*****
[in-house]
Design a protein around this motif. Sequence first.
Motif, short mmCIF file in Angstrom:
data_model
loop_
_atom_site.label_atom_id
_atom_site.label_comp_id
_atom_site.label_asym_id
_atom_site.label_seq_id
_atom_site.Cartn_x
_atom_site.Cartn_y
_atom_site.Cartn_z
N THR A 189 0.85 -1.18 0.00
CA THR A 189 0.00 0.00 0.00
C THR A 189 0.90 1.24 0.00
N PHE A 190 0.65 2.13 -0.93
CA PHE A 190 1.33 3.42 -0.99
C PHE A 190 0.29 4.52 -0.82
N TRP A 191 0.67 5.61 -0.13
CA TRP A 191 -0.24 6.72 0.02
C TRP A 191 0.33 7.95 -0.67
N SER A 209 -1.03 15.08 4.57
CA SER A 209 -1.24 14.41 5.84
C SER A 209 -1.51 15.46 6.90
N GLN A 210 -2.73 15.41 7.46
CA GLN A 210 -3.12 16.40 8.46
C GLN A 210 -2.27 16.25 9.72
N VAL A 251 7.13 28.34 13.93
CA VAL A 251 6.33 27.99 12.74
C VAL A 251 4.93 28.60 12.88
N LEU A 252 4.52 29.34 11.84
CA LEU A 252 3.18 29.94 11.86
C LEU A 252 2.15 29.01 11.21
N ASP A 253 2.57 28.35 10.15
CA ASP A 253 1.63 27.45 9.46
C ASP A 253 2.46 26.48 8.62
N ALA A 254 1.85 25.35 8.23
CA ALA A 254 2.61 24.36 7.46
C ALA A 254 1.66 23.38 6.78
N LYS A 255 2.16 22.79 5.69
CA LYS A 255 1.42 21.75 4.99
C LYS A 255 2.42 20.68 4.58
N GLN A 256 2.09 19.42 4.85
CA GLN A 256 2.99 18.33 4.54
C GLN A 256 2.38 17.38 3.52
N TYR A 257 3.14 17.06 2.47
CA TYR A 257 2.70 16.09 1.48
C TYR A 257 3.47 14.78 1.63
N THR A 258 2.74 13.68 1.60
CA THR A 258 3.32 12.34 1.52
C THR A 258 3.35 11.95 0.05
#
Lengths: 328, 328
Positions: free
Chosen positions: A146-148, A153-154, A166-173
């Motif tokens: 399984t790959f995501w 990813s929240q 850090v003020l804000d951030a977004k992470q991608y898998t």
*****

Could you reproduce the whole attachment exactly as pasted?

[in-house]
Design a protein around this motif. Sequence first.
Motif, short mmCIF file in Angstrom:
data_model
loop_
_atom_site.label_atom_id
_atom_site.label_comp_id
_atom_site.label_asym_id
_atom_site.label_seq_id
_atom_site.Cartn_x
_atom_site.Cartn_y
_atom_site.Cartn_z
N THR A 189 0.85 -1.18 0.00
CA THR A 189 0.00 0.00 0.00
C THR A 189 0.90 1.24 0.00
N PHE A 190 0.65 2.13 -0.93
CA PHE A 190 1.33 3.42 -0.99
C PHE A 190 0.29 4.52 -0.82
N TRP A 191 0.67 5.61 -0.13
CA TRP A 191 -0.24 6.72 0.02
C TRP A 191 0.33 7.95 -0.67
N SER A 209 -1.03 15.08 4.57
CA SER A 209 -1.24 14.41 5.84
C SER A 209 -1.51 15.46 6.90
N GLN A 210 -2.73 15.41 7.46
CA GLN A 210 -3.12 16.40 8.46
C GLN A 210 -2.27 16.25 9.72
N VAL A 251 7.13 28.34 13.93
CA VAL A 251 6.33 27.99 12.74
C VAL A 251 4.93 28.60 12.88
N LEU A 252 4.52 29.34 11.84
CA LEU A 252 3.18 29.94 11.86
C LEU A 252 2.15 29.01 11.21
N ASP A 253 2.57 28.35 10.15
CA ASP A 253 1.63 27.45 9.46
C ASP A 253 2.46 26.48 8.62
N ALA A 254 1.85 25.35 8.23
CA ALA A 254 2.61 24.36 7.46
C ALA A 254 1.66 23.38 6.78
N LYS A 255 2.16 22.79 5.69
CA LYS A 255 1.42 21.75 4.99
C LYS A 255 2.42 20.68 4.58
N GLN A 256 2.09 19.42 4.85
CA GLN A 256 2.99 18.33 4.54
C GLN A 256 2.38 17.38 3.52
N TYR A 257 3.14 17.06 2.47
CA TYR A 257 2.70 16.09 1.48
C TYR A 257 3.47 14.78 1.63
N THR A 258 2.74 13.68 1.60
CA THR A 258 3.32 12.34 1.52
C THR A 258 3.35 11.95 0.05
#
Lengths: 328, 328
Positions: free
Chosen positions: A146-148, A153-154, A166-173
């Motif tokens: 399984t790959f995501w 990813s929240q 850090v003020l804000d951030a977004k992470q991608y898998t």